In 1947, inventors Carl Hauber and Robert J. Koupal, of Delaware-based Infilco Inc., filed a patent for a precast concrete swimming pool that is “compact and cheap in construction” with a built-in recirculation system.

And get this: Their design didn't include main drains.

Instead of “extraneous piping” conducting water to a remote filter, this concept houses all the plumbing within the structure. This includes the pump and filter, which are contained in a well at “one end portion of the basin” and accessible from above through a manhole and ladder. The advantages of this approach are many, the inventors note. Because the recirculation system is contained within the basin, this eliminates stress on pipes that is caused by “unequal settling of the ground.” But the main benefit Hauber and Koupal tout is hydraulic efficiency.

Their recirculation system is gravity-fed, drawing water from the surface through a “plurality of ports in the wall … which are equally spaced around the basin at the predetermined level.” These connect to a conduit that slopes slightly from the shallow end toward the pump well, positioned at the deep end. This conduit could also double as a splash gutter and is the only channel through which water is fed to the filter. The main drains serve no circulatory function other than to remove water to waste, and would be equipped with “suitable plugs.”

This method, they argue, allows for a more uniform withdrawal of water from the upper layers, where much of the scum and contaminants reside.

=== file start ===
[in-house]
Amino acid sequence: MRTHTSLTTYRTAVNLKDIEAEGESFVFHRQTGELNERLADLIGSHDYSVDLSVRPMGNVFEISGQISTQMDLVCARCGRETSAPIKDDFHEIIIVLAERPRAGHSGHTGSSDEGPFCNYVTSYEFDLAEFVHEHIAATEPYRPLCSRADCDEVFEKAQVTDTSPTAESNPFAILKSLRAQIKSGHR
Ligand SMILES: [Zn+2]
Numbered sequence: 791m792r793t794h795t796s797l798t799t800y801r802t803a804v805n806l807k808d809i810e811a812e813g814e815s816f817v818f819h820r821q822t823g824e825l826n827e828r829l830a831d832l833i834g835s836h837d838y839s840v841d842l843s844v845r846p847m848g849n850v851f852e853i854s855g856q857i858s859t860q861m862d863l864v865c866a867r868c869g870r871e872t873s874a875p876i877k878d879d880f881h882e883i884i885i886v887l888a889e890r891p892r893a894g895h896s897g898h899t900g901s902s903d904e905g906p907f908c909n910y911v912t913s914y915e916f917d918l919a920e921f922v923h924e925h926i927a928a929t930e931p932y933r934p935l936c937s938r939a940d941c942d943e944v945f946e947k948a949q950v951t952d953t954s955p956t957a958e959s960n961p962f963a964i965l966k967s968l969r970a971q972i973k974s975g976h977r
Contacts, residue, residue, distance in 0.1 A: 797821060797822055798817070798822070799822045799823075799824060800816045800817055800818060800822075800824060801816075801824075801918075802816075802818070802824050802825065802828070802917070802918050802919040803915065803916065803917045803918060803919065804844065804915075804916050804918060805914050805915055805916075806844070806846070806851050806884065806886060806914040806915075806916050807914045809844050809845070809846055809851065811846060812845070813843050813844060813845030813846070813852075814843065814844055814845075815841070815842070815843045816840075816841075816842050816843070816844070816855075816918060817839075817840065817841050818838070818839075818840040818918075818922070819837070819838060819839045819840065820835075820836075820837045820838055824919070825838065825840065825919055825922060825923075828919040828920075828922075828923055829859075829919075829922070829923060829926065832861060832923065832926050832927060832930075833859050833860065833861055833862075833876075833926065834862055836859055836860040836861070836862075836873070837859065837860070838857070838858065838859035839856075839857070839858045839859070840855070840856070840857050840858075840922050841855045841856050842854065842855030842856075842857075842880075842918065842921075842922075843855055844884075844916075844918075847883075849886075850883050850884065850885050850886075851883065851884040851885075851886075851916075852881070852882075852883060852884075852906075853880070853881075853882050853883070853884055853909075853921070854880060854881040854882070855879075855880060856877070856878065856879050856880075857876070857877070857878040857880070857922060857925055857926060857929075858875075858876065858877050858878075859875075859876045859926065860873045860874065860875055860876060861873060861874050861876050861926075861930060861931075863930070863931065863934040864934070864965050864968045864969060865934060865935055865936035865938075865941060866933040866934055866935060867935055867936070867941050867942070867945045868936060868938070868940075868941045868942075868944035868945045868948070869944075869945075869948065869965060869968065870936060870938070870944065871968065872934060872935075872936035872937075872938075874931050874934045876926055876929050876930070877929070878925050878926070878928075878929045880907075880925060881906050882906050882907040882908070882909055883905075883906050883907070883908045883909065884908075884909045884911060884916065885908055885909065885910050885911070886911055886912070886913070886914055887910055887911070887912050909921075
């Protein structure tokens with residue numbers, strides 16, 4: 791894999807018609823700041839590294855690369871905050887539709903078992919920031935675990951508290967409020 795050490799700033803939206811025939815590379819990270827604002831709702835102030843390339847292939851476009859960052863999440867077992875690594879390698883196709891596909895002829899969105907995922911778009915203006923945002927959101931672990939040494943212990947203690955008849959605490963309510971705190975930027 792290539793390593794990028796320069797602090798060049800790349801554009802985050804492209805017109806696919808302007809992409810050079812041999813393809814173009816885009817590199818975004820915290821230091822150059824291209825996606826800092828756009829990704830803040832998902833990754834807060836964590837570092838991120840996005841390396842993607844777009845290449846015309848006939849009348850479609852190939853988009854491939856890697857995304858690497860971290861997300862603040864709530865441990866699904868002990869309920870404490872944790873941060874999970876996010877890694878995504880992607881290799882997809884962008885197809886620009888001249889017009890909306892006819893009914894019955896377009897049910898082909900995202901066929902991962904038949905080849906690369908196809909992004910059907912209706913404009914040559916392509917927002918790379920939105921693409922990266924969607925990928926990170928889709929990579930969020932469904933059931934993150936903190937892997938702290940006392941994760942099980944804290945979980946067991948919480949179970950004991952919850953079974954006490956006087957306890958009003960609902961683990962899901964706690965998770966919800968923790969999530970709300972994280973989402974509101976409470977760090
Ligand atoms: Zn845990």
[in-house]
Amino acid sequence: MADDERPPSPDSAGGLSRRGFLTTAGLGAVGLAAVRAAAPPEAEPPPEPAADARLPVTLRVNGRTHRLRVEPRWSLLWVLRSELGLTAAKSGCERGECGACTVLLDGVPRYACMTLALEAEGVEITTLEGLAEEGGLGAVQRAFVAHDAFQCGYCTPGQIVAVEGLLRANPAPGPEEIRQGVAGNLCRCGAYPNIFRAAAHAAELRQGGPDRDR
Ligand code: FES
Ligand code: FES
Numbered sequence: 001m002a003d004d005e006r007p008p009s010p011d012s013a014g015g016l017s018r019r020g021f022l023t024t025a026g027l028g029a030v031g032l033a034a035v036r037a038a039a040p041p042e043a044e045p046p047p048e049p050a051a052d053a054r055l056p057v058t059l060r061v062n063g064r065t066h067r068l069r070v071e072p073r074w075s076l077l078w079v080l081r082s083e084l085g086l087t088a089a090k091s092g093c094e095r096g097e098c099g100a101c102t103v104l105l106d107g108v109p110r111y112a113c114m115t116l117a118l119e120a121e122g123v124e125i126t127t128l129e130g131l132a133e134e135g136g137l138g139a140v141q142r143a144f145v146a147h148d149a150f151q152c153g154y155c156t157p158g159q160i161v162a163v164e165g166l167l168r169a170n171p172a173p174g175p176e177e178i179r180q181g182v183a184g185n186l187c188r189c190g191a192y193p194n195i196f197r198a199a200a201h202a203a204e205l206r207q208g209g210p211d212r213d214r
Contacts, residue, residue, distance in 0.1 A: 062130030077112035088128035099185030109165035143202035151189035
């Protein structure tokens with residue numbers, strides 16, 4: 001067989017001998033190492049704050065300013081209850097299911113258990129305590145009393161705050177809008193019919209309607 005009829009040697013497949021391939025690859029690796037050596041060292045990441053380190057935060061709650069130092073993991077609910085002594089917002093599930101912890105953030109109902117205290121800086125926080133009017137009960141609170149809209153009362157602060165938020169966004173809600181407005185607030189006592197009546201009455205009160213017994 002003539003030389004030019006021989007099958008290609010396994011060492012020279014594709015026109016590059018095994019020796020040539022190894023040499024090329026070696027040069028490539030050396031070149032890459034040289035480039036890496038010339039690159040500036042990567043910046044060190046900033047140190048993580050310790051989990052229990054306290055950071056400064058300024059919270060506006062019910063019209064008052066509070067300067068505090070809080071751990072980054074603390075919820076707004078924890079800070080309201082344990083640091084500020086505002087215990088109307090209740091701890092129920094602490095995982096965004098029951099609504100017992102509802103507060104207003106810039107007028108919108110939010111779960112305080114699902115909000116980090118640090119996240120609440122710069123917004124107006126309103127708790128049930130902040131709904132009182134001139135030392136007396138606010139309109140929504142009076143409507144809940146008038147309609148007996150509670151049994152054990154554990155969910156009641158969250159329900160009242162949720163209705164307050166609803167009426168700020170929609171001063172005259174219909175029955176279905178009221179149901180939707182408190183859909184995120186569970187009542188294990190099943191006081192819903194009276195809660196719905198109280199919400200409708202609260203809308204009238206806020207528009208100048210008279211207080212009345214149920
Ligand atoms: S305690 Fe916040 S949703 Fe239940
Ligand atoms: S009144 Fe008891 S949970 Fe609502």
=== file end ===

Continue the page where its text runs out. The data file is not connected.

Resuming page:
Dan Johnson, owner of Swim, Inc., in Sarasota, Fla. thinks the system has merit. “Conceptually, I love the idea,” said Johnson. It’s similar to how he constructs pools. In 2002, he developed the Swim-Safe System, which pulls water from the surface and distributes filtered water evenly throughout — no main drain required. “In terms of efficiency … that is far and away the best way to circulate a swimming pool.”

However, there is a flaw in Hauber and Koupal’s plan. While their gravity-fed design emphasizes uniform withdrawal, the way it brings water back into the basin isn’t ideal. There is only one return fitting and it’s at the deep end. Even at a high velocity, “by the time that water randomly finds its way to the other end of the pool, the efficacy of sanitation and heat distribution is going to be radically diminished,” Johnson said. “That’s the one shortcoming of this system.”

While their idea of a precast concrete pool poses logistical concerns — Johnson cringes at the thought of craning a massive concrete shell above a building — Hauber and Koupal’s notion of a surface-only recirculation system was on the right track.

Today, motivated in part by VGB requirements, a small number of builders have embraced the drainless approach. Even San Juan Pools, a fiberglass manufacturer, decided in 2015 to make pools sans drains.

It seems Hauber and Koupal were ahead of their time.